PhysioUpdate 12th May 2022

Physiotherapy staff thanked for contributing to 'how to' guide produced by Macmillan Cancer Support

Macmillan Cancer Support and Health Education England (HEE) have thanked physiotherapy assistant Carrie Beasley and at least four physiotherapists for helping to create a 118-page 'how to' guide on developing personalised prehabilitation and rehabilitation programmes for people with cancer.

The expression of thanks appears in acknowledgements at the end of the 118-page publication, which is titled Designing, developing, and funding prehabilitation and rehabilitation: A how to guide.

The PRosPer (Prehabilitation, Rehabilitation and Personalised Care) project – which is funded by HEE and managed by Macmillan Cancer Support – oversaw the guide’s production. Physiotherapist Karen Robb sits on the PRosPer guide steering group. Dr Robb is programme lead for personalised care and end of life care at the North East London Cancer Alliance.

A physio from a Macmillan prehabilitation team works alongside a patient with cancer

At least four England-based physiotherapists contributed case studies to the guide (more may have done so, in this and other areas, but not have been identified as physios in their job titles). They are Kerry Archer, a programme lead with Active Against Cancer, Harrogate and District NHS Trust, Manisha Cook, a specialist palliative care physiotherapist at St Francis Hospice, Romford, Essex, and Catherine Hegarty, a physiotherapist at St Joseph's Hospice in Hackney, east London.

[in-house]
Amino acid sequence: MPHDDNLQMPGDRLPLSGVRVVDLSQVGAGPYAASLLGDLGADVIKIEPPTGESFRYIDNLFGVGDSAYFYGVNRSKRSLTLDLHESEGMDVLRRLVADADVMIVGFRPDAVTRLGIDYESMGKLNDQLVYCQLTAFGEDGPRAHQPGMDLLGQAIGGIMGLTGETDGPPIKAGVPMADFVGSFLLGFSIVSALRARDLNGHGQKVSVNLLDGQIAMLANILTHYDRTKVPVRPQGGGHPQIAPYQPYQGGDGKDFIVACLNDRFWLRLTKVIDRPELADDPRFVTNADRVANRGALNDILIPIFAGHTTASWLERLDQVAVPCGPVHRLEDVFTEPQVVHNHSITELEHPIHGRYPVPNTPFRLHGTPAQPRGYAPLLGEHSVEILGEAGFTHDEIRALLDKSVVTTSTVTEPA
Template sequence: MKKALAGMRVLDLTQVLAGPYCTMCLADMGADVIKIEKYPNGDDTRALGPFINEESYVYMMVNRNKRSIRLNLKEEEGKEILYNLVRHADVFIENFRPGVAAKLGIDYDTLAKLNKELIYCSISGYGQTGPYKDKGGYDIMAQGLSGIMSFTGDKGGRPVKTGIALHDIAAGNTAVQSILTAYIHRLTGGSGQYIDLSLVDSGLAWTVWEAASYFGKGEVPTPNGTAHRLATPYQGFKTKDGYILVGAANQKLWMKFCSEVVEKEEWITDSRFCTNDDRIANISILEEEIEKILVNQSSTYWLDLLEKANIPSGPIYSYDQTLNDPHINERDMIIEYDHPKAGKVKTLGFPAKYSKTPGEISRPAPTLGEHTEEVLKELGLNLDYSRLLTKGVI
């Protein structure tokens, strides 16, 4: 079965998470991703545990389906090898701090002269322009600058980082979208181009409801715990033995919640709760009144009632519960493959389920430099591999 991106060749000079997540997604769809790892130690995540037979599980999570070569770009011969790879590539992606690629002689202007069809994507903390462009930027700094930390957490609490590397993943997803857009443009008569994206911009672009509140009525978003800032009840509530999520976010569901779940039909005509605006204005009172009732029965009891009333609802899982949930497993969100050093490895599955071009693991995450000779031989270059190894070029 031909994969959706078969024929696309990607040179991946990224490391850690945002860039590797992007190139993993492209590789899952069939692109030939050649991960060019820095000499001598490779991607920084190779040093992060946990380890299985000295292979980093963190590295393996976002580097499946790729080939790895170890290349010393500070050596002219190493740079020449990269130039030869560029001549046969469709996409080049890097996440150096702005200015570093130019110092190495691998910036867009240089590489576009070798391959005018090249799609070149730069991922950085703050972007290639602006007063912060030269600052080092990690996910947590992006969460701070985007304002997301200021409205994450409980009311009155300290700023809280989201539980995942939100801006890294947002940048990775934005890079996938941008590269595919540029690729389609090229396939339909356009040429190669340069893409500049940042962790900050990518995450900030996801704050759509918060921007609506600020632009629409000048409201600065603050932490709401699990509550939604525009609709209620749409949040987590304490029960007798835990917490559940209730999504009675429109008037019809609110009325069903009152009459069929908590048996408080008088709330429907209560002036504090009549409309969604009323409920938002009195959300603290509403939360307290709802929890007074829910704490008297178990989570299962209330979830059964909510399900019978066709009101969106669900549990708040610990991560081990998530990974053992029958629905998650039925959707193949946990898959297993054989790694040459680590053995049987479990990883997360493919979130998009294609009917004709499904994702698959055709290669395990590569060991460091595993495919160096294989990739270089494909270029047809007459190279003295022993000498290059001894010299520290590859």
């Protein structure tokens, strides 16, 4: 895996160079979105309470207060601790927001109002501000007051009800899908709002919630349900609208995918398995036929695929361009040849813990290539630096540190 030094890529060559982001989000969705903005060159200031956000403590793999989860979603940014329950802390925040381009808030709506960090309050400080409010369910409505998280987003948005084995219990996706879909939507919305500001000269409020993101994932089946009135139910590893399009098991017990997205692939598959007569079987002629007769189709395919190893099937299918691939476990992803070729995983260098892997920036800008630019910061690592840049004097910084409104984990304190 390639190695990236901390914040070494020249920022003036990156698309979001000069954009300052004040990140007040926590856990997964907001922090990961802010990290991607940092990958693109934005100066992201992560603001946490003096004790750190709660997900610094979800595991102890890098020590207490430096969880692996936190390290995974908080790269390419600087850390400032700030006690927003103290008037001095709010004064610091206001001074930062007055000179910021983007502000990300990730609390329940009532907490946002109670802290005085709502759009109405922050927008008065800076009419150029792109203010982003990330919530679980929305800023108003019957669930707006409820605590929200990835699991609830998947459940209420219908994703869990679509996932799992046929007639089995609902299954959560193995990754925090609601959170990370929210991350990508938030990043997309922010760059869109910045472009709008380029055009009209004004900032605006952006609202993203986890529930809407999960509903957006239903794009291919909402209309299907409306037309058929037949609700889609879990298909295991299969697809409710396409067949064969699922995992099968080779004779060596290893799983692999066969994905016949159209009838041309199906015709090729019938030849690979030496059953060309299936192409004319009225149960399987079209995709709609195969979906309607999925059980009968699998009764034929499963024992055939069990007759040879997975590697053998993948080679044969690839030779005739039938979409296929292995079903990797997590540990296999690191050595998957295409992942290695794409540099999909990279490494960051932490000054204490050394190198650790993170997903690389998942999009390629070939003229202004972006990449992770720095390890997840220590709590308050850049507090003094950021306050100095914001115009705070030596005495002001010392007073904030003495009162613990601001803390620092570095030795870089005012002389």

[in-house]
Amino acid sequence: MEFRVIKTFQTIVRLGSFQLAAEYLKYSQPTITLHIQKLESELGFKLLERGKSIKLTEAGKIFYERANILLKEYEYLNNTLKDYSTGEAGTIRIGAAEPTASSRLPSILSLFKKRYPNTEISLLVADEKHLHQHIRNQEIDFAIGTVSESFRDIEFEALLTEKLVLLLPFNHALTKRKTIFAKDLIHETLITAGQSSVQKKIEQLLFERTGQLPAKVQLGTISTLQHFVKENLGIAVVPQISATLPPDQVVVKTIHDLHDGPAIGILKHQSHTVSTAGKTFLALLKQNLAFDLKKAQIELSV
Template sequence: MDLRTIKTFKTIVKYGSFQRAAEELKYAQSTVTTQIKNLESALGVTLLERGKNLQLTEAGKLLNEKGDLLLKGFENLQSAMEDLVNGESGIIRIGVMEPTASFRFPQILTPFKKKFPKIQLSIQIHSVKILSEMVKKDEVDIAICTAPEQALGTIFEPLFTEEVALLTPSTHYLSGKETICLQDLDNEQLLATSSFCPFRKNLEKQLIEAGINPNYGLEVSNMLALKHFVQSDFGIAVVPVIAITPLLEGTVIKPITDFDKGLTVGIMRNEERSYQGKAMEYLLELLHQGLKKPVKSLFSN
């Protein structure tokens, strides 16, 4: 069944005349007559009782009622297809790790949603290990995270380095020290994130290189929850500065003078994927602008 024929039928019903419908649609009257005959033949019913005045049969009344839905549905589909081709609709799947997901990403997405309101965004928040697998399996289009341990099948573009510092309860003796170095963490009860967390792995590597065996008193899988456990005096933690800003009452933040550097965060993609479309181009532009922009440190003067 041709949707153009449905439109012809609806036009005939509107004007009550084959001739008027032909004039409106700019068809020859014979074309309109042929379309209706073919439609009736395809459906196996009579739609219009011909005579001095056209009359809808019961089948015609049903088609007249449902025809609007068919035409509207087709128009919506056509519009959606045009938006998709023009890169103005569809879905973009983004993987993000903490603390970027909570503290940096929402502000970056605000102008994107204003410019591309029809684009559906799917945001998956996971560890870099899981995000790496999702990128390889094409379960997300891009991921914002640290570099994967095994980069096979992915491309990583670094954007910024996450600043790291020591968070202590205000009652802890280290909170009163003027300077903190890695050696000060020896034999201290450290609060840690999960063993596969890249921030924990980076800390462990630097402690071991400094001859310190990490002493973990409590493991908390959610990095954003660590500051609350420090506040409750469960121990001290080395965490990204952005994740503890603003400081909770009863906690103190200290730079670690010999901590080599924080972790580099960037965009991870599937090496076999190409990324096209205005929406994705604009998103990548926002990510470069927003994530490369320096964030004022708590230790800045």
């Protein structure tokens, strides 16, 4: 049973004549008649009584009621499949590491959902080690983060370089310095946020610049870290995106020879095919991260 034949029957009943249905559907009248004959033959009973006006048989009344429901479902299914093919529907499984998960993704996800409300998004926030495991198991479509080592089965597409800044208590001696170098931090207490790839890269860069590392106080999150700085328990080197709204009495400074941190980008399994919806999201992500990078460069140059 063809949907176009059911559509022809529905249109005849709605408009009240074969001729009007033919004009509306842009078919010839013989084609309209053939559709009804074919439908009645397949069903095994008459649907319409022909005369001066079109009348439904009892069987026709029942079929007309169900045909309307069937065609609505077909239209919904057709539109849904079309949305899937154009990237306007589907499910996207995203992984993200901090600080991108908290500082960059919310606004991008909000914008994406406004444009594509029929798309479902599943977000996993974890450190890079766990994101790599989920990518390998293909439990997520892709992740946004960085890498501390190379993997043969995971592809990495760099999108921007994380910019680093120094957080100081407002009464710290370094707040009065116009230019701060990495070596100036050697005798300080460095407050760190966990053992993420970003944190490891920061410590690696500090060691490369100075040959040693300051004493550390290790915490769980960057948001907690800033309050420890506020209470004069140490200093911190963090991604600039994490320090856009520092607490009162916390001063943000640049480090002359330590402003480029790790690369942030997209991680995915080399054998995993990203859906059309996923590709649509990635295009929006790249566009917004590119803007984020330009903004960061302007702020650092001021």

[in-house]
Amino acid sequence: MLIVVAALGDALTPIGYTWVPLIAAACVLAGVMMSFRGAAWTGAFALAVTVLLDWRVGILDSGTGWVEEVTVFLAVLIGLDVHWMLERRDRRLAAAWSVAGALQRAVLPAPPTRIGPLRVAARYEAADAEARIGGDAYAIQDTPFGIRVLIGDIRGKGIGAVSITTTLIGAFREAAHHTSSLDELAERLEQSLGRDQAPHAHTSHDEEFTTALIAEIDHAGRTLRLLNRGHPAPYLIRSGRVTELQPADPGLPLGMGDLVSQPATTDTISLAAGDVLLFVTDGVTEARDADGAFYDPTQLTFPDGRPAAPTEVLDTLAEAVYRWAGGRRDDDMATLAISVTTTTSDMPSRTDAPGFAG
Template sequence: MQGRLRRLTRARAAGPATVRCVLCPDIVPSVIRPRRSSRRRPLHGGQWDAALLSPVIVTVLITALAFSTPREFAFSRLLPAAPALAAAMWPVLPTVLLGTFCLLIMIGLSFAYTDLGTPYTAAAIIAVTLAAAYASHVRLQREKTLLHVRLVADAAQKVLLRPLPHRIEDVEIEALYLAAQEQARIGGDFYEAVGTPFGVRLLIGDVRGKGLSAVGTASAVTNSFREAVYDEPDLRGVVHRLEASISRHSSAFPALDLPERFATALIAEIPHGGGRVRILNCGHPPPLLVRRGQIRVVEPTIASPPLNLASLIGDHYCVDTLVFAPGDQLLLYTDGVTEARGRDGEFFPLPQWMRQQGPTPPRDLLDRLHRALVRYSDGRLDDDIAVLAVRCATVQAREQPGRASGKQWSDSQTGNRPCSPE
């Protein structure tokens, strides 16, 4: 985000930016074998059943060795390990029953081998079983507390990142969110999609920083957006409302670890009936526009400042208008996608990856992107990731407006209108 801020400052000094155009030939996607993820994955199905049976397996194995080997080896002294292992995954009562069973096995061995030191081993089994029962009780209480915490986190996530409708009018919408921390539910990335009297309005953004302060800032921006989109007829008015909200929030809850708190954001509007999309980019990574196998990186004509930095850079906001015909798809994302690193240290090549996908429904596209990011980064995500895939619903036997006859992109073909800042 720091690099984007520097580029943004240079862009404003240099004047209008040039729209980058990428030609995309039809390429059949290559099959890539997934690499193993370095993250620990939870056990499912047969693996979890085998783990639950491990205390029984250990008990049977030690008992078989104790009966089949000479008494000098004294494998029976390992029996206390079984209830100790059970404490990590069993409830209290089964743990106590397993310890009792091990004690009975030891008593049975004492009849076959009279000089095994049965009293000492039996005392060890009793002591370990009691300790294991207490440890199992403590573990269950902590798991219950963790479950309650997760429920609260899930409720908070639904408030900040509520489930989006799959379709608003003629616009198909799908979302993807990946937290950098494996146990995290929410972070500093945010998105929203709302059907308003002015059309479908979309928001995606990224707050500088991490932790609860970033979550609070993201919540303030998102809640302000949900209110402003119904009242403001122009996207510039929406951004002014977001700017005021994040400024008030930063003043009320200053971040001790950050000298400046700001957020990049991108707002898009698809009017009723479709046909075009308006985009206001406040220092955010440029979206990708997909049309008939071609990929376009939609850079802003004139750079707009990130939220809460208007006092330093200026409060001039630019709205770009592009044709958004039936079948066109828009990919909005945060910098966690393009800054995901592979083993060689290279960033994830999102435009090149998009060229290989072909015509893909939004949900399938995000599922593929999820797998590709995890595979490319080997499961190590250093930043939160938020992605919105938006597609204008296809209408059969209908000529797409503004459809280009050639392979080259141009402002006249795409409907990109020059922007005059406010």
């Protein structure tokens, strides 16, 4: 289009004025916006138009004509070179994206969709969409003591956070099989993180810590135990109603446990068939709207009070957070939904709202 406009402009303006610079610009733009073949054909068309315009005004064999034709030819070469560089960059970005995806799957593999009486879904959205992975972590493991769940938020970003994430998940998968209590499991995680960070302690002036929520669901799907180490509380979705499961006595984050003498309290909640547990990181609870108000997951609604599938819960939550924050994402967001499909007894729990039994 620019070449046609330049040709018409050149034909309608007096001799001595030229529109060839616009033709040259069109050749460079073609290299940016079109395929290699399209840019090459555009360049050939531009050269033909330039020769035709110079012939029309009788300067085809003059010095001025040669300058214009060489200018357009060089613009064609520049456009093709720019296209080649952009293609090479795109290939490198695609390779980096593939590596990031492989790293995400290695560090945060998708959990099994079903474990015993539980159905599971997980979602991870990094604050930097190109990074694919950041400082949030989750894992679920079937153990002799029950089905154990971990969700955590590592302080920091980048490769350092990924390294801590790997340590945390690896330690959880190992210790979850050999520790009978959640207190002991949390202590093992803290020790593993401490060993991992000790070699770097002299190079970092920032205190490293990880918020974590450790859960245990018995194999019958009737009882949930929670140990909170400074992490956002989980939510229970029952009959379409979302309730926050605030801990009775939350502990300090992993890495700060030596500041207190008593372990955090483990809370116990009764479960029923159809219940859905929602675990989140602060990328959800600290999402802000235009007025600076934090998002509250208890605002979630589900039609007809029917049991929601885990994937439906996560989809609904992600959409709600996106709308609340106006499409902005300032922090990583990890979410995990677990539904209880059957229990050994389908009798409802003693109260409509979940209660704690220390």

Physiotherapy assistant Carrie Beasley also received thanks for her contribution to the English case studies. She is a navigator for cancer prehabilitation and rehabilitation with Somerset NHS Trust.

Scottish prehab case study 

Was having telephone contact with a physiotherapist helpful? Definitely. Every couple of weeks someone would phone and ask how I was. It was good and it made me do it ... Just shows you, even without face-to-face, you can be active with support [John, a HARP patient]